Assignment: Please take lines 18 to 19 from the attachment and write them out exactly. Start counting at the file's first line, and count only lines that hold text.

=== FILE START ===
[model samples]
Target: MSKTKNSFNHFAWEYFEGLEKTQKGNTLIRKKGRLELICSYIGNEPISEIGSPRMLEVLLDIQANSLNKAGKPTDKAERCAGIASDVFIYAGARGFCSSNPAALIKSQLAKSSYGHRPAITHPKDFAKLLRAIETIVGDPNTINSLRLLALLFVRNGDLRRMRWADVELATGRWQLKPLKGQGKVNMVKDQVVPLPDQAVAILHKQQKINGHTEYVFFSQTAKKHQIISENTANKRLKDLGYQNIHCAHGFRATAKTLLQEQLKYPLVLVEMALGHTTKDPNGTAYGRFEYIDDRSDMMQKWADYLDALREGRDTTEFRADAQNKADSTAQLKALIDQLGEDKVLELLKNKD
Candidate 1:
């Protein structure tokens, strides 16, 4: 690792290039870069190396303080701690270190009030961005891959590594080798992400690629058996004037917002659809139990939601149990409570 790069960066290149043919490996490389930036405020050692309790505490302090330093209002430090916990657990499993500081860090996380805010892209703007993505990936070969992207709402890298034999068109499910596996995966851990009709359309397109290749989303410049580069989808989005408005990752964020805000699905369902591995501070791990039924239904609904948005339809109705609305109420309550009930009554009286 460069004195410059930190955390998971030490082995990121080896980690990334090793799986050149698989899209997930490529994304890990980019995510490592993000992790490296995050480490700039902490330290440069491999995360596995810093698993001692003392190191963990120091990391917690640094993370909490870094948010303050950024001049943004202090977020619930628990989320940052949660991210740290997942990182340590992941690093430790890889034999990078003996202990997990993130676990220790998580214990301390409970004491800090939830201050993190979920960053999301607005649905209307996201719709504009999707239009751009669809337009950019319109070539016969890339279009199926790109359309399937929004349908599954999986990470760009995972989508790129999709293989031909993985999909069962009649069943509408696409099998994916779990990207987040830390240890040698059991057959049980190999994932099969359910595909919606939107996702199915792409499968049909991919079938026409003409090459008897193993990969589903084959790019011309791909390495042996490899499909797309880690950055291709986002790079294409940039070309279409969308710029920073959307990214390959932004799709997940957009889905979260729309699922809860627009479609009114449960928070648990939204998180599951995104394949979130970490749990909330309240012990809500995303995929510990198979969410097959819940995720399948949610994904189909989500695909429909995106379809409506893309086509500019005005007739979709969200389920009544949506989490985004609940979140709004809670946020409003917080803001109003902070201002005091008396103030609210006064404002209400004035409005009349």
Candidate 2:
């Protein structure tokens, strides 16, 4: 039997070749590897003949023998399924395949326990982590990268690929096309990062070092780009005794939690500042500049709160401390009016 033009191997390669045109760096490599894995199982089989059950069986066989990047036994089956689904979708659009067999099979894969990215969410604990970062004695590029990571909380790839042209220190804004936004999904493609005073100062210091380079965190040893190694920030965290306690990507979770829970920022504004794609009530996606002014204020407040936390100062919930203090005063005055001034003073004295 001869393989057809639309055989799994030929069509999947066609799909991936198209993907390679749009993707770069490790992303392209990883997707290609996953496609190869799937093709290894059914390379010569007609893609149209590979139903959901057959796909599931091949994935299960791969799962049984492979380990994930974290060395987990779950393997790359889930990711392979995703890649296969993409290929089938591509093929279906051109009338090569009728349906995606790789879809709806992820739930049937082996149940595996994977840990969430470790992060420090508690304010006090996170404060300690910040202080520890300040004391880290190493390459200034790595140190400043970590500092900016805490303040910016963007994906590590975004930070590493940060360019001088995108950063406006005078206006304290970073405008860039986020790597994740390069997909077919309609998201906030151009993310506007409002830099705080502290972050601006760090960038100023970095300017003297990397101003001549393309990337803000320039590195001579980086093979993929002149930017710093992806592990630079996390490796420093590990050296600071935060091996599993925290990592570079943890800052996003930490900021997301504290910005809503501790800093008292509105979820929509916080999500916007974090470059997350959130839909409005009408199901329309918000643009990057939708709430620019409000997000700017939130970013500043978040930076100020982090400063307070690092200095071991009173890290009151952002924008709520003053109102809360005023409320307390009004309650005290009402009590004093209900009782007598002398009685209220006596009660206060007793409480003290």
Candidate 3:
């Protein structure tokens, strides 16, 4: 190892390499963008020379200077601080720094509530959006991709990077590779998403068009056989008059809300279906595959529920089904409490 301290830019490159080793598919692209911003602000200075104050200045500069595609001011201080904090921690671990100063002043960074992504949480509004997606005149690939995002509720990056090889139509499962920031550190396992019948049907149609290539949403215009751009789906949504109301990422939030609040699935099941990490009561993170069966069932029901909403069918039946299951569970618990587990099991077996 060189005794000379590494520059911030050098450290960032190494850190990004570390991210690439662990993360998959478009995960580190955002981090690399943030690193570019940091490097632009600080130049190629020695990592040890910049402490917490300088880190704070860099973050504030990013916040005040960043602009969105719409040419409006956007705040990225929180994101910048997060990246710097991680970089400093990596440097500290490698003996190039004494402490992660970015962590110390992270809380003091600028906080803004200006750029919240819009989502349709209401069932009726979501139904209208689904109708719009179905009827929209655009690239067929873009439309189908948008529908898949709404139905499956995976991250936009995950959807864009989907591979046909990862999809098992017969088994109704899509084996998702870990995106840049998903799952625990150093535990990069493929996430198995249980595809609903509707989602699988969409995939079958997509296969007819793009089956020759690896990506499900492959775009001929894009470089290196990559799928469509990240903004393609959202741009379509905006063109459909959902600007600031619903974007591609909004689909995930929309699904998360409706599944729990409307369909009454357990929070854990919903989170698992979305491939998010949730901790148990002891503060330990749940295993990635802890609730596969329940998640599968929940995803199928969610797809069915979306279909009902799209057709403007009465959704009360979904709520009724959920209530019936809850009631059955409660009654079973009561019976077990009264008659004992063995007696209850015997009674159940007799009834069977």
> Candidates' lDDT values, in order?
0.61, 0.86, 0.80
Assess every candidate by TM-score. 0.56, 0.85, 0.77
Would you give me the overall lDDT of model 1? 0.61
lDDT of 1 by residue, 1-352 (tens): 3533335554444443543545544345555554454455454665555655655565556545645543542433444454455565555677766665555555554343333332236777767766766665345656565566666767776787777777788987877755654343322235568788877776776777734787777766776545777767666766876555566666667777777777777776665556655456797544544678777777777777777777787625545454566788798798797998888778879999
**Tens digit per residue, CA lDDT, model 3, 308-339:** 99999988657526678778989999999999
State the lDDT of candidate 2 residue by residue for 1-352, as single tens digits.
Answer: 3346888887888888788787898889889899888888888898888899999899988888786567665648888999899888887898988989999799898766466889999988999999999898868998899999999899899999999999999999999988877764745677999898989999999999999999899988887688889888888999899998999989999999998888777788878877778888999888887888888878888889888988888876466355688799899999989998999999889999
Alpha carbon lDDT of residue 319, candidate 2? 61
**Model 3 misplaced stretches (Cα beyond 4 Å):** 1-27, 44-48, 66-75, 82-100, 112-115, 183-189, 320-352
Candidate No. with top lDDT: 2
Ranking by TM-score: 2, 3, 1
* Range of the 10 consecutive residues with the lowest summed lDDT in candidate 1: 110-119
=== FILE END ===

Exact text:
**Model 3 misplaced stretches (Cα beyond 4 Å):** 1-27, 44-48, 66-75, 82-100, 112-115, 183-189, 320-352
Candidate No. with top lDDT: 2